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Let $C(\mathbb{R};{U}(n))$ denote the topological group of continuous functions $\mathbb{R}\to {U}(n)$ with pointwise multiplication and compact-open topology. My question is:

Are these groups isomorphic for different values of $n$?

I suspect the answer is no (it feels like it should be obvious), but proving this in the category of topological groups seems difficult. I would like to associate to $C(\mathbb{R}; {U}(n))$ the enveloping C*-algebra $C_b(\mathbb{R};M_n)$, since these are much easier to distinguish$^1$. So a second question would be:

Does there exist a functor $TopGrp\to C^*Alg$ taking $C(\mathbb{R};{U}(n))$ to $C_b(\mathbb{R};M_n)$?

The same question could be asked of the measure theoretic versions of these groups $\mathcal{M}(\mathbb{R};{U}(n))$. These are called current groups, although the literature seems unhelpful for the isomorphism problem.

$_{^1\text{ e.g. looking at Murray-von Neumann equivalence classes of projections will distinguish them.}}$

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I would guess that it's easier to prove that they aren't homotopy-equivalent. – Qiaochu Yuan Apr 16 '13 at 17:45
Is $\mathcal{U}(n)$ supposed to be the unitary group? (If so, I thought just plain $U(n)$ was much more standard notation.) – Todd Trimble Apr 16 '13 at 17:53
Yes, it denotes the unitary group, I've changed it now. – Ollie Margetts Apr 16 '13 at 18:15
Per Qiaochu's comment, aren't these obviously homomotopic to $U(n)$? – Will Sawin Apr 16 '13 at 18:24
I think that the $C(X,U(n))$'s can be distinguished by observing that the minimal degree of a unitary irreducible representation of $C(X,U(n))$, not of degree 1, must be $n$. – Alain Valette Apr 16 '13 at 18:52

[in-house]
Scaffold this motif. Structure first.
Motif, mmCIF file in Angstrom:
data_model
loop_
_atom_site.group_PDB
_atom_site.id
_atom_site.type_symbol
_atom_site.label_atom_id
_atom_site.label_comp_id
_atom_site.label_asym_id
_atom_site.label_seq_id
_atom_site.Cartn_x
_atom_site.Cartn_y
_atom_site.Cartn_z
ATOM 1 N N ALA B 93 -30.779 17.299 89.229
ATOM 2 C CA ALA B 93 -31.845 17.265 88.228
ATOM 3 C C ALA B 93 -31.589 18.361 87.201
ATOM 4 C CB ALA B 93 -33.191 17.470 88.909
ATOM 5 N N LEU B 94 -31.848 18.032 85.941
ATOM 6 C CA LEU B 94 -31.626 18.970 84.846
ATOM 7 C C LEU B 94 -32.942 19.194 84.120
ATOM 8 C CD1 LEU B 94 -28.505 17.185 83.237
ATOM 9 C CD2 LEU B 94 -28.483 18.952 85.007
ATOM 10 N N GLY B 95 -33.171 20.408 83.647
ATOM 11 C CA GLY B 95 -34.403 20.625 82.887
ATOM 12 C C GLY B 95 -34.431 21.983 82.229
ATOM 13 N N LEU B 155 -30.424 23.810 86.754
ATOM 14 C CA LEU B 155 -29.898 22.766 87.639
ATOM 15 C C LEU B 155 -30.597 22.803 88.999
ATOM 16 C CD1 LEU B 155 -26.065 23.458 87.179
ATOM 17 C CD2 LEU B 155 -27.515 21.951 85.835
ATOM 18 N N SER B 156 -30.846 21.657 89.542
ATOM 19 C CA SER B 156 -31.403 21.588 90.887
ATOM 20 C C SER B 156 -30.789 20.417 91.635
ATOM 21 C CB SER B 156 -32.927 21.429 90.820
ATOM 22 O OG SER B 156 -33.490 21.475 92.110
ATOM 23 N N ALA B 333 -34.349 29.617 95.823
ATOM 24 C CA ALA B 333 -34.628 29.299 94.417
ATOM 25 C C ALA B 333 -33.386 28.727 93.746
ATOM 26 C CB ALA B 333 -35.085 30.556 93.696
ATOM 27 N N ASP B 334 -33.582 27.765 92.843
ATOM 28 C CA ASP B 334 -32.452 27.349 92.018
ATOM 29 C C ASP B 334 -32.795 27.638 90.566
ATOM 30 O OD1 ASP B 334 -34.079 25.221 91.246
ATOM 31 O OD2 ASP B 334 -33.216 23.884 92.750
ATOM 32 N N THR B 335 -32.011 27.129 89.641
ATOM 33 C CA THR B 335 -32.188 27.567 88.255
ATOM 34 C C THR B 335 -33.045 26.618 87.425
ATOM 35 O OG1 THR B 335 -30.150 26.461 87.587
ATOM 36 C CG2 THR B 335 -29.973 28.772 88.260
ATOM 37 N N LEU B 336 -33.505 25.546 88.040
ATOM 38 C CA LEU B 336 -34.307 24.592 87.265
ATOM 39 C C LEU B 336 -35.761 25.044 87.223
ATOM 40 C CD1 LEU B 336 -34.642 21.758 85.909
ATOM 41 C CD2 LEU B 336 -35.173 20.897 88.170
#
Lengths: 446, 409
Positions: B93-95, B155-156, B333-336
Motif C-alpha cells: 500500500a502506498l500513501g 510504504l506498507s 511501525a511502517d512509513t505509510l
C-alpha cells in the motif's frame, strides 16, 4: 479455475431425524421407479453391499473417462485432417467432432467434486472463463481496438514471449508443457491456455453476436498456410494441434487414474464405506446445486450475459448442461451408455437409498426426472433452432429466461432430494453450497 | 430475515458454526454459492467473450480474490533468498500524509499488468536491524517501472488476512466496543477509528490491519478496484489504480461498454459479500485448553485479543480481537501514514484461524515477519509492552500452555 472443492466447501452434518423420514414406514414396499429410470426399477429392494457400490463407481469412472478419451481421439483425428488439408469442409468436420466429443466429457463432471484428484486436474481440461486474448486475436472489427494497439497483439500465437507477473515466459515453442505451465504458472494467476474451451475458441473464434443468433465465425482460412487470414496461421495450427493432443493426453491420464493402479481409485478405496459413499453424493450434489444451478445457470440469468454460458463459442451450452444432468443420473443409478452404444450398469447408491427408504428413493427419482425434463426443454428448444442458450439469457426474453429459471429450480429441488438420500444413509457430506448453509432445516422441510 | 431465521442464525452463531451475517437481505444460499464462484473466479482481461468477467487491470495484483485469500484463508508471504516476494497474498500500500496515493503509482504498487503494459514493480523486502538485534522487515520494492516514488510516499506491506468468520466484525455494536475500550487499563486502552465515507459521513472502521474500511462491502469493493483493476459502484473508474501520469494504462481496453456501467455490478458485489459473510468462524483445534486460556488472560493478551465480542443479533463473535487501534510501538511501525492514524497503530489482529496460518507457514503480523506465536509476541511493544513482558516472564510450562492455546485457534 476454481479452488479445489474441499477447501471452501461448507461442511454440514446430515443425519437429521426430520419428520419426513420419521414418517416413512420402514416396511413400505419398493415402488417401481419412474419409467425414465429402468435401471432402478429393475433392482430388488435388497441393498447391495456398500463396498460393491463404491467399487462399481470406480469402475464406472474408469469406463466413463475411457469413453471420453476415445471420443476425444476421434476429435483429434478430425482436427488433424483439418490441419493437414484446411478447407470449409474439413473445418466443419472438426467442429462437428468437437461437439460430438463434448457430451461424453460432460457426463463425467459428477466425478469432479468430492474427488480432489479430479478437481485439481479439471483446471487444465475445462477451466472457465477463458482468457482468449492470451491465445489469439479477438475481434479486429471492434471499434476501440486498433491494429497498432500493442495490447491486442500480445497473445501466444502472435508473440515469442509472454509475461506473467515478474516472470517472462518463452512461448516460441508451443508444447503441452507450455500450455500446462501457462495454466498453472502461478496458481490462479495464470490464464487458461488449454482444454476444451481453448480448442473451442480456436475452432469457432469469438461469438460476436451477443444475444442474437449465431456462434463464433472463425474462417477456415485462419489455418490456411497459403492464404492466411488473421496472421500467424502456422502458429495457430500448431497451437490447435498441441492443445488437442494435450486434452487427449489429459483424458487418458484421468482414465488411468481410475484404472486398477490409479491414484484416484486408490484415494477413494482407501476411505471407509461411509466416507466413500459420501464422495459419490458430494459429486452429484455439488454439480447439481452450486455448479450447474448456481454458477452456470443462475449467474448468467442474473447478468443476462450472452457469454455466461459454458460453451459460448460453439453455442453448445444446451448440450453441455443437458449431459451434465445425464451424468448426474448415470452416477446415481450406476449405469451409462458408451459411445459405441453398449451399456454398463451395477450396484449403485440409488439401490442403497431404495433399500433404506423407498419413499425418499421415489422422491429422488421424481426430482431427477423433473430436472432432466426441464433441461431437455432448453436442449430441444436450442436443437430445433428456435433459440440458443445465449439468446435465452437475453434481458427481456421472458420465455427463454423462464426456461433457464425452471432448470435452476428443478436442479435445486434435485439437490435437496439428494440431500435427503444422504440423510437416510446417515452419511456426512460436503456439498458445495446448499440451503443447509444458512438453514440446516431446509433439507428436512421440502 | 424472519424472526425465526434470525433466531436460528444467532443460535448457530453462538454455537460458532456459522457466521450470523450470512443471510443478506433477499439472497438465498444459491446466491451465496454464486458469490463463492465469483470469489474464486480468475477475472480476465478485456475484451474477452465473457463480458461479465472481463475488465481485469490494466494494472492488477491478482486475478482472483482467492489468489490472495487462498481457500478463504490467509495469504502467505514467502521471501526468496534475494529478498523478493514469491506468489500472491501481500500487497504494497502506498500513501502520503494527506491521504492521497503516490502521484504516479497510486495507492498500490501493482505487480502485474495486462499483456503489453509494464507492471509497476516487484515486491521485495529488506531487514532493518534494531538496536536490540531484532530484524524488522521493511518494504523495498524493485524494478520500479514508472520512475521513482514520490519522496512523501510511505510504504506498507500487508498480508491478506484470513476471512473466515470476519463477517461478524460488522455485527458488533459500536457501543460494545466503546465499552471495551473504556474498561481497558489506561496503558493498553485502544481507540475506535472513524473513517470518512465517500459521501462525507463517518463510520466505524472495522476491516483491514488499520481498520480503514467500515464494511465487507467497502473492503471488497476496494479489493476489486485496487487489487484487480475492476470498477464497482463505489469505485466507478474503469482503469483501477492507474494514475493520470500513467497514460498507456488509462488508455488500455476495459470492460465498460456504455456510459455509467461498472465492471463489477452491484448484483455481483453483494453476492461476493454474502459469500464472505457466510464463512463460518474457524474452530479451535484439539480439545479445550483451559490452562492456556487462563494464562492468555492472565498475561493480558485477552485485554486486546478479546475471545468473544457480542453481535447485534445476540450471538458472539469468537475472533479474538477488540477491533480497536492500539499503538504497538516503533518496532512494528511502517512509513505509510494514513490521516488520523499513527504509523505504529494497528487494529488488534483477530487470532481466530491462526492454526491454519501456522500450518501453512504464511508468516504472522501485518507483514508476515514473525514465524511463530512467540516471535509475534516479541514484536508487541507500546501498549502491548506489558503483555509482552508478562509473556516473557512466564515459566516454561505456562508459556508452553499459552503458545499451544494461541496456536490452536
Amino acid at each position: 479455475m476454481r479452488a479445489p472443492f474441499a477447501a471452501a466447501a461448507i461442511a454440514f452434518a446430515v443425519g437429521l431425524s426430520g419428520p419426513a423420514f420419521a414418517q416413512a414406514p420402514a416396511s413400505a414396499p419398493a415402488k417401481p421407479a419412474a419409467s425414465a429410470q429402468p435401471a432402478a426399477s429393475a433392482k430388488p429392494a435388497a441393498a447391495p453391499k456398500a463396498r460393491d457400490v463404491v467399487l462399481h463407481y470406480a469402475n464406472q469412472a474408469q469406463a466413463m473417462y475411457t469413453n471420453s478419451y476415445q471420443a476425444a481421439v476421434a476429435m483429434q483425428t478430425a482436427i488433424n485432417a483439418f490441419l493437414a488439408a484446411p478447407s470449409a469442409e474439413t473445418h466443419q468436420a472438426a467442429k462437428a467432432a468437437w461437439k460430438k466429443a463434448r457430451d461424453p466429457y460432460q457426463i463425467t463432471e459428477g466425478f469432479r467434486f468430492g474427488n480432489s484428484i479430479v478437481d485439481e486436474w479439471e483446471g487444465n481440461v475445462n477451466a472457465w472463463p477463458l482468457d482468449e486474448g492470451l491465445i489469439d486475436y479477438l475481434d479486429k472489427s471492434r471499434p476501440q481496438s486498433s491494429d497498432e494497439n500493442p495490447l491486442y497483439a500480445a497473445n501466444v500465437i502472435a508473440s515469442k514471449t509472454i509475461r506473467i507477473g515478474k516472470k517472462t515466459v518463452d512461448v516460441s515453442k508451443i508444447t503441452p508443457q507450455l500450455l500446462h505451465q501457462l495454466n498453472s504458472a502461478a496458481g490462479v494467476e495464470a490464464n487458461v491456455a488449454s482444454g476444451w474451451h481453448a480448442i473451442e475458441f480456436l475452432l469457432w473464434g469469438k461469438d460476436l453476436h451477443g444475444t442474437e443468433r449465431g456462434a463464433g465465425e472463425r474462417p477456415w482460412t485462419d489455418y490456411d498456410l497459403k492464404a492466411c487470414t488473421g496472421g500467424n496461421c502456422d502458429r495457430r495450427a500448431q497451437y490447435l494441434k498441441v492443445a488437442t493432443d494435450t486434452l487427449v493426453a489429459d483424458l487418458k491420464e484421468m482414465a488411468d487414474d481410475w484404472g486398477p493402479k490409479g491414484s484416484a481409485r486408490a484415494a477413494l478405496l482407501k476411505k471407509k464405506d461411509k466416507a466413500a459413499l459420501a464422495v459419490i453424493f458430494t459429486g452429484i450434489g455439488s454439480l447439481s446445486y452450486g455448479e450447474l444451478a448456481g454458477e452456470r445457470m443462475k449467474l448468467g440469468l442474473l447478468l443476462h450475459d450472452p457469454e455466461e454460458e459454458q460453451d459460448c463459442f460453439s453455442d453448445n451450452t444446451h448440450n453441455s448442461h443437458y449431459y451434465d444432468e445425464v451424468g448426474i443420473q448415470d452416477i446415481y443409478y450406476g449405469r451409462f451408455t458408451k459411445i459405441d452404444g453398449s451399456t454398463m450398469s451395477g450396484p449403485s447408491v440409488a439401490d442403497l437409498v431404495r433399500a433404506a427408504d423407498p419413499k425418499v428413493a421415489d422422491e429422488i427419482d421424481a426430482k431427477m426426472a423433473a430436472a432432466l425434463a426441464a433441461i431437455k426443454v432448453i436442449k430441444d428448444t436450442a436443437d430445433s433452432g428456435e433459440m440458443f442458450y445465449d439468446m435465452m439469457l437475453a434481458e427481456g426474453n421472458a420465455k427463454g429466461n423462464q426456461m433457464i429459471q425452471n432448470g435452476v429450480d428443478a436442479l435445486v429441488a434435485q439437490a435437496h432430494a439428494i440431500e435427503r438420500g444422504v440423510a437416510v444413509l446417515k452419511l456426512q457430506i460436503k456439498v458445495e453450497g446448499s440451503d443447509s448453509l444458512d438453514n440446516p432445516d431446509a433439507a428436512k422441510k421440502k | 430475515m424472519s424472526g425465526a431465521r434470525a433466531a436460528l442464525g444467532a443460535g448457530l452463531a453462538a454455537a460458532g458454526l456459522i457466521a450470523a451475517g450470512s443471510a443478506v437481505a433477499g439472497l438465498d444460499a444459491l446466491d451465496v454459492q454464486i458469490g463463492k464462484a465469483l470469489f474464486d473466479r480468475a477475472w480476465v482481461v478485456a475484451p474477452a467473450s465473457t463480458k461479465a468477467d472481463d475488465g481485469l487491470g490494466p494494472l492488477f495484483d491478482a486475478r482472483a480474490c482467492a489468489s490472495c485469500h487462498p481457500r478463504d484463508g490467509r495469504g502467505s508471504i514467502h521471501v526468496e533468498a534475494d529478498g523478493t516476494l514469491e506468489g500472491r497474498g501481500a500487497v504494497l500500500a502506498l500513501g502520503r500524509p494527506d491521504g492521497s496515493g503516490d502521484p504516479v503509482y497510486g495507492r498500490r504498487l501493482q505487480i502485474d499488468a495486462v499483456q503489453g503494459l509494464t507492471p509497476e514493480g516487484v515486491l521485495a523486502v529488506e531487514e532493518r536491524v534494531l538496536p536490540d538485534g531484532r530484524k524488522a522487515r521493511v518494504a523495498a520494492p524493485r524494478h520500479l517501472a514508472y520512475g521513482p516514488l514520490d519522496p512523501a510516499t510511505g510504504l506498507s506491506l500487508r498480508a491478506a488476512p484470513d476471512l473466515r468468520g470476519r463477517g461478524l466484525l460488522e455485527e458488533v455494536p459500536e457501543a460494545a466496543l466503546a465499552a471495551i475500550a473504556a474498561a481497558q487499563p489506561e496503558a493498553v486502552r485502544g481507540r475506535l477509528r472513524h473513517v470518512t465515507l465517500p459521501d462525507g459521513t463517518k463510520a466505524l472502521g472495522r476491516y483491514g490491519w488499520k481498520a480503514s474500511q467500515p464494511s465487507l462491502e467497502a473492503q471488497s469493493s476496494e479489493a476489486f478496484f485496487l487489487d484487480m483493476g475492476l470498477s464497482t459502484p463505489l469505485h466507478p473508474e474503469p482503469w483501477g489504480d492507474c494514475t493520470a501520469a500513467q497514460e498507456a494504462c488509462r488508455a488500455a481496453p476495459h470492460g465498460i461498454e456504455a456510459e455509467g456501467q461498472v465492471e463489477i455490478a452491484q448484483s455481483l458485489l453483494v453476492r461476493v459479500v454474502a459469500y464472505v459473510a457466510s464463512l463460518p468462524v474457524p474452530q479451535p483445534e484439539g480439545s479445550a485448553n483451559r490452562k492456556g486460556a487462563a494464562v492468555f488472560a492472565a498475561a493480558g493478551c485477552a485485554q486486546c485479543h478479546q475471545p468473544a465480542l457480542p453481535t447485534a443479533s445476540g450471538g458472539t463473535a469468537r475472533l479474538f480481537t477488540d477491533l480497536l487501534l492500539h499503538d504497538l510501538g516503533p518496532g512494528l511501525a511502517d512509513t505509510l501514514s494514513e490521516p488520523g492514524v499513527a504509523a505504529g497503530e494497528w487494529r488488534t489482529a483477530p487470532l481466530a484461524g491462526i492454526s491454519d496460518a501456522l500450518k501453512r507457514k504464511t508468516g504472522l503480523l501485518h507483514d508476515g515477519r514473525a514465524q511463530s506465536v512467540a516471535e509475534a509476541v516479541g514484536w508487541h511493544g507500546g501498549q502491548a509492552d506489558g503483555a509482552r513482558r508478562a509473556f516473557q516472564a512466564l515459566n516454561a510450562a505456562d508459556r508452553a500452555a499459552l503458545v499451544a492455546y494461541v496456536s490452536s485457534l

up vote 6 down vote accepted

How about this argument? If I remember correctly, the irreducible representations of $U(n)$ are either 1-dimensional or at least $n$-dimensional. Suppose that there was an isomorphism $\phi\colon C(\mathbb{R}; U(m)) \rightarrow C(\mathbb{R}; U(n))$ for $n < m$. We have the embedding $i\colon U(m) \rightarrow C(\mathbb{R}, U(m))$ as the constant functions, and the evaluation $e_t\colon C(\mathbb{R}, U(n)) \rightarrow U(n)$ at $t$ for any $t \in \mathbb{R}$. By the above remark, $e_t \circ \phi \circ i$ has a commutative image and has a kernel containing $SU(n)$. On the other hand, $\prod_{t \in \mathbb{R}} e_t$ is an injective homomorphism. Thus, we get a contradiction.

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sorry, I was overlooking Alain's comment which was folded. This is the same argument as his. – Makoto Yamashita Apr 18 '13 at 7:21
Still, this is a neat proof, so I have accepted it. – Ollie Margetts Apr 18 '13 at 21:26

Here is another proof. The elements of $C(\mathbb{R};U(n)) $ satisfying $f^2=1$ are functions whose values (under the standard representation of U(n)) are self-adjoint unitaries. There are $n+1$ conjugacy classes of such unitaries (each self-adjoint unitary can be represented as a diagonal matrix of 1s and -1s and counting the 1s gives the conjugacy class). Moreover the continuous map $tr:U(n)\to\mathbb{C}$ induced by the standard representation takes a different integer value on each conjugacy class, so there cannot be a function $f\in C(\mathbb{R};U(n))$ taking values in two such classes.

This shows that there are $n+1$ conjugacy classes of elements $f\in C(\mathbb{R};U(n))$ satisfying $f^2=1$. Hence these groups are non-isomorphic for different $n$.

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